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San Giovanni Rotondo
San Giovanni Rotondo is a large town in Puglia, Italy, to the west of the Gargano peninsula. The town attracts around seven million pilgrims each year to visit the publicly-displayed tomb of Saint Padre Pio in the Santa Maria delle Grazie Church. Padre Pio, a legendary healer and miracle worker, lived there in a modest cell for 52 years until his death.
The town’s name is reputed to come from an ancient circular temple on which the Lombards built a church dedicated to St. John the Baptist. It’s a town largely typecast by its religious sites, but its surrounding beauty should not be overlooked. Nearby is the attractive Gargano National Park and coast.
Unusually, the town centre is almost exclusively residential. In the old town you’ll find labyrinths of narrow pathways. The crops produced by the town are mainly wheat, oil, fish, fruit and vegetables. A typical dish may be orecchiette with tomato sauce, topped with grated local Canestrato cheese.
Despite the array of mouthwatering local dishes, visitors only usually come for one thing: the shrine of Padre Pio. Padre Pio arrived at the Capuchin monastery in San Giovanni Rotondo in 1916 and called it home until his death in 1968. Enlightened stories about Saint Padre Pio include his ability to cure the sick, predict events, be in two places at once and develop Jesus-like stigmata on his hands.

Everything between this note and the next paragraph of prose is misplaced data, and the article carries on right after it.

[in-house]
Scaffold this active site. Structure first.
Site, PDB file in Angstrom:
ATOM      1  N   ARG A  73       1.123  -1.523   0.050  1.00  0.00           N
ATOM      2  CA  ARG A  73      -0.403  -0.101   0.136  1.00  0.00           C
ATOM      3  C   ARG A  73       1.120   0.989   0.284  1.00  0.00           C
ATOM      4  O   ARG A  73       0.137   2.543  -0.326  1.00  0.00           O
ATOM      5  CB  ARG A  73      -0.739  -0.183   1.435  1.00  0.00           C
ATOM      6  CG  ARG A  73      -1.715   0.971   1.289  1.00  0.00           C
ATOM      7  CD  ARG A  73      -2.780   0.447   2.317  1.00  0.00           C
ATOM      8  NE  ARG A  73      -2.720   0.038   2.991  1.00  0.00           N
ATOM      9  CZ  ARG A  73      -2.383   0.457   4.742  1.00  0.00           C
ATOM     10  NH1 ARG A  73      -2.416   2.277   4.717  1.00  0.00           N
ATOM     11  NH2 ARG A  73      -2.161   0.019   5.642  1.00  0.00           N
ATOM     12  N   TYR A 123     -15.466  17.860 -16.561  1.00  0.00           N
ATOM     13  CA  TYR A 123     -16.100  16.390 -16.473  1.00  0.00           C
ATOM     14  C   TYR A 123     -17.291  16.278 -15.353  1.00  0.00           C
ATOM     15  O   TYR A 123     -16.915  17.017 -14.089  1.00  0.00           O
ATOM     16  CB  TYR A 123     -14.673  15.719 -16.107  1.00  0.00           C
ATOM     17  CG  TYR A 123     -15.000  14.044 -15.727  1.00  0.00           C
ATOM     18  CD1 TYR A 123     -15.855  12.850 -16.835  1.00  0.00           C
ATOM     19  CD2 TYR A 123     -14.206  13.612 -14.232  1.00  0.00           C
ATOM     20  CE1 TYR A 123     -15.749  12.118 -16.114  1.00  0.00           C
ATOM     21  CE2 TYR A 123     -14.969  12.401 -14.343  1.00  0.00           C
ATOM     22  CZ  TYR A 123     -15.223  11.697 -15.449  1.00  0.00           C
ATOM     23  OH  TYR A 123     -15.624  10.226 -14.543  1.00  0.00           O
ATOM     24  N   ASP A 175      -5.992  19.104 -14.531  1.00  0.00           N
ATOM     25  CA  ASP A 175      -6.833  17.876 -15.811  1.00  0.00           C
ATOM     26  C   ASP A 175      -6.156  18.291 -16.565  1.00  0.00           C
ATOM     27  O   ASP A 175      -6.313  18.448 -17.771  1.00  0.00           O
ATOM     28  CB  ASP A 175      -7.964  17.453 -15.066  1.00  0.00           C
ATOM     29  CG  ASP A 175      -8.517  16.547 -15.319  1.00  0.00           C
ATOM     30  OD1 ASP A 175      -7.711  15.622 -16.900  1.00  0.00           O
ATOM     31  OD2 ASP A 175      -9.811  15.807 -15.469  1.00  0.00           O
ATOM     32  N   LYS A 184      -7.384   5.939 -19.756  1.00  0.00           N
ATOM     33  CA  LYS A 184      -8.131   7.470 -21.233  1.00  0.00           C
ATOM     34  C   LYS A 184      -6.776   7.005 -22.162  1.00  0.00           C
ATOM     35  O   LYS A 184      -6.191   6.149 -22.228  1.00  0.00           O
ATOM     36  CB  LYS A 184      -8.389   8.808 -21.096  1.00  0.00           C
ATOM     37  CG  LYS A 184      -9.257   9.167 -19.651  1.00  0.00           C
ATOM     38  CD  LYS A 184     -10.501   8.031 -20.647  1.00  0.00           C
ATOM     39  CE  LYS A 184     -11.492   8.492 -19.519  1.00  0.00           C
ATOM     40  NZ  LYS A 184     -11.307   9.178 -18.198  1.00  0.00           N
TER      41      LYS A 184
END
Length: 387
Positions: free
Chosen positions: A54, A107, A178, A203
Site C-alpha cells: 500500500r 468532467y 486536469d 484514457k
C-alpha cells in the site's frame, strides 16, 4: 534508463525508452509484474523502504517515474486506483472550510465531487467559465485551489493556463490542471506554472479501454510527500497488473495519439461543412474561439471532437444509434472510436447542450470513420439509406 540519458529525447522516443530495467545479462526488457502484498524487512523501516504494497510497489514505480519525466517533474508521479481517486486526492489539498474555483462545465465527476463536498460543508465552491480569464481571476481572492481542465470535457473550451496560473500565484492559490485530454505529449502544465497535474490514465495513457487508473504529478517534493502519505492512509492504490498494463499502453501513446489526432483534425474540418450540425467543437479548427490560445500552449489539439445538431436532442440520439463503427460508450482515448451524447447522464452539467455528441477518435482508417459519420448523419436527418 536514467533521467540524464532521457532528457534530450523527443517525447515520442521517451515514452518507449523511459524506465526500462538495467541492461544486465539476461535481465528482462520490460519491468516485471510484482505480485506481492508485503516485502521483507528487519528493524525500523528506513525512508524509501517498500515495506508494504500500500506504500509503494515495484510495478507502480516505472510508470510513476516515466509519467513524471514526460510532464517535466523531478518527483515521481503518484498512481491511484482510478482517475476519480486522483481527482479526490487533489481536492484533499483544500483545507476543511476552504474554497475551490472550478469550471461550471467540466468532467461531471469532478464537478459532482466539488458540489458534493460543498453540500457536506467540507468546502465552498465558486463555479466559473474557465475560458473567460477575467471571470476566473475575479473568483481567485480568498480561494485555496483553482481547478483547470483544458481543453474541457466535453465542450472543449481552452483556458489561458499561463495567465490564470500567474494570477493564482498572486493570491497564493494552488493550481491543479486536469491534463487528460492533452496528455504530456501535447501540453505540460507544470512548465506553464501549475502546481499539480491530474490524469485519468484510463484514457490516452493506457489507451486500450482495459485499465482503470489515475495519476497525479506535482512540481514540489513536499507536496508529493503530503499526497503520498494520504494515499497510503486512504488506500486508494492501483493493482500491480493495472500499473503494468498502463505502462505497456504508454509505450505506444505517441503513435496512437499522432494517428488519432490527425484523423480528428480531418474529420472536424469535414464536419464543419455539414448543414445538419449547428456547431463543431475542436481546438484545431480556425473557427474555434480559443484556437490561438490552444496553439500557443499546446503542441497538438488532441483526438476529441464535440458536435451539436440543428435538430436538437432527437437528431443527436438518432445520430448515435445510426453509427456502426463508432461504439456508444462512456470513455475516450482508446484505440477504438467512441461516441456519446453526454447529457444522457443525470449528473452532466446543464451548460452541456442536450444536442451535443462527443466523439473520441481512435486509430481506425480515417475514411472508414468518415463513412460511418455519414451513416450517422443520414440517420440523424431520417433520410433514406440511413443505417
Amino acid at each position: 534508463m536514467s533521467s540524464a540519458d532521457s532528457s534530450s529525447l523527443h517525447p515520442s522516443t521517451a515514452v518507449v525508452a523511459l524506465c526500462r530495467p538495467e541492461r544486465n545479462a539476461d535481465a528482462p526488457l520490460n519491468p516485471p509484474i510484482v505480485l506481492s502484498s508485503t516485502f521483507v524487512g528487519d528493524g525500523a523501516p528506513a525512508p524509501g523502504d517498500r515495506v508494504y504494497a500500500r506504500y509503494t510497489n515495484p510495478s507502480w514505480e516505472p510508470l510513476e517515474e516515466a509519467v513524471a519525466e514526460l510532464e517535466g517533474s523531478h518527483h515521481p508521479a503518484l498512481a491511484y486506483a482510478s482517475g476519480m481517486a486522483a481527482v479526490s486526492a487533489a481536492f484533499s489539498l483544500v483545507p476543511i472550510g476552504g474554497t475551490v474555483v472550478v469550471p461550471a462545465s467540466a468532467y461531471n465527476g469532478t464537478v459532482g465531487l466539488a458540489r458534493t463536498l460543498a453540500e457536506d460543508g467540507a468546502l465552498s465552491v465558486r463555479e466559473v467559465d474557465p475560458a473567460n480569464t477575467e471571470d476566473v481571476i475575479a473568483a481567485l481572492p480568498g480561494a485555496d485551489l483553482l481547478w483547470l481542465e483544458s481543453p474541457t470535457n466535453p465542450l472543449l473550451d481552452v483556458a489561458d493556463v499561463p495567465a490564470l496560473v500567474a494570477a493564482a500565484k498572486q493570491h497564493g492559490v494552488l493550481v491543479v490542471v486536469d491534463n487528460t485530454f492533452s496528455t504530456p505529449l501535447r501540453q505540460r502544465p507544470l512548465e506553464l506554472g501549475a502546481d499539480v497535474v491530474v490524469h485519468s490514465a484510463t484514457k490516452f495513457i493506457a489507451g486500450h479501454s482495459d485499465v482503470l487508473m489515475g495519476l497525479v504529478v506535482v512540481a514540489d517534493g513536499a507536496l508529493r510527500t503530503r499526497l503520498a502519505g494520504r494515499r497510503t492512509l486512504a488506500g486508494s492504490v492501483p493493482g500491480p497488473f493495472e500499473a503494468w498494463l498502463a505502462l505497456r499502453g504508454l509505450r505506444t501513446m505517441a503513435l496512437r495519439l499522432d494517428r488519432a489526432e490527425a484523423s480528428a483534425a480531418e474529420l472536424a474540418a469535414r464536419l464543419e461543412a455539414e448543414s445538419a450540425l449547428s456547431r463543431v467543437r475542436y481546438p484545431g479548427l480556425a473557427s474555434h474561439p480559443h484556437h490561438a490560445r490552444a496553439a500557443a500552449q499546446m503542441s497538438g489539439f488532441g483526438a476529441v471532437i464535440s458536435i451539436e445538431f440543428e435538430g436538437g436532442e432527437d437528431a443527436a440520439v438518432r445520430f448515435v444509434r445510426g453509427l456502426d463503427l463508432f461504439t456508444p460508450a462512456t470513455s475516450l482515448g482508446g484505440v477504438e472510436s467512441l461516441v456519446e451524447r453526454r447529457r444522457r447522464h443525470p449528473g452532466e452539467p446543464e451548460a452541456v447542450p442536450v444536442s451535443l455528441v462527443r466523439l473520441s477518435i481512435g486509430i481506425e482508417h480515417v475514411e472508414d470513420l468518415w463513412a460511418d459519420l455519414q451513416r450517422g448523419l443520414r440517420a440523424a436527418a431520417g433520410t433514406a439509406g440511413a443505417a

In 2008, he was exhumed from his grave and placed on permanent display in the crypt of the Santa Maria delle Grazie Church. As his body had received partial decomposition, he was covered in robes and had a lifelike silicone mask applied to his face. The church is the second most-visited Catholic shrine in the world.
When Padre Pio arrived just before the First World War, it was a quiet and undiscovered village. However, its fortunes began to dramatically change throughout his life. Now, due to the income generated from the masses of annual tourists, its future is set for many more years to come. To take advantage of the numbers, a new church was built in 2004. Called ‘The Padre Pio Pilgrimage Church’ it was built in homage to the late Padre Pio. Designed by renowned worldwide architect Renzo Piano, the church can seat a huge 7,000 people.
The town is also home to Casa Sollievo della Sofferenza (Home for the Relief of the Suffering), one of Europe’s most efficient scientific research hospitals. In the surrounding areas, the famed Monte Sant'Angelo sits with panoramic views across the water. Tourists can also visit and stay in the sprawling Foresta Umbrea, also within the Gargano National Park.
It is not possible to visit via train. Visitors must catch a train to Foggia station and then undertake a one-hour bus journey. You can also visit direct from Rome, which takes five hours in total. Once here, tourists can sample the fresh seafood and Mediterranean restaurants.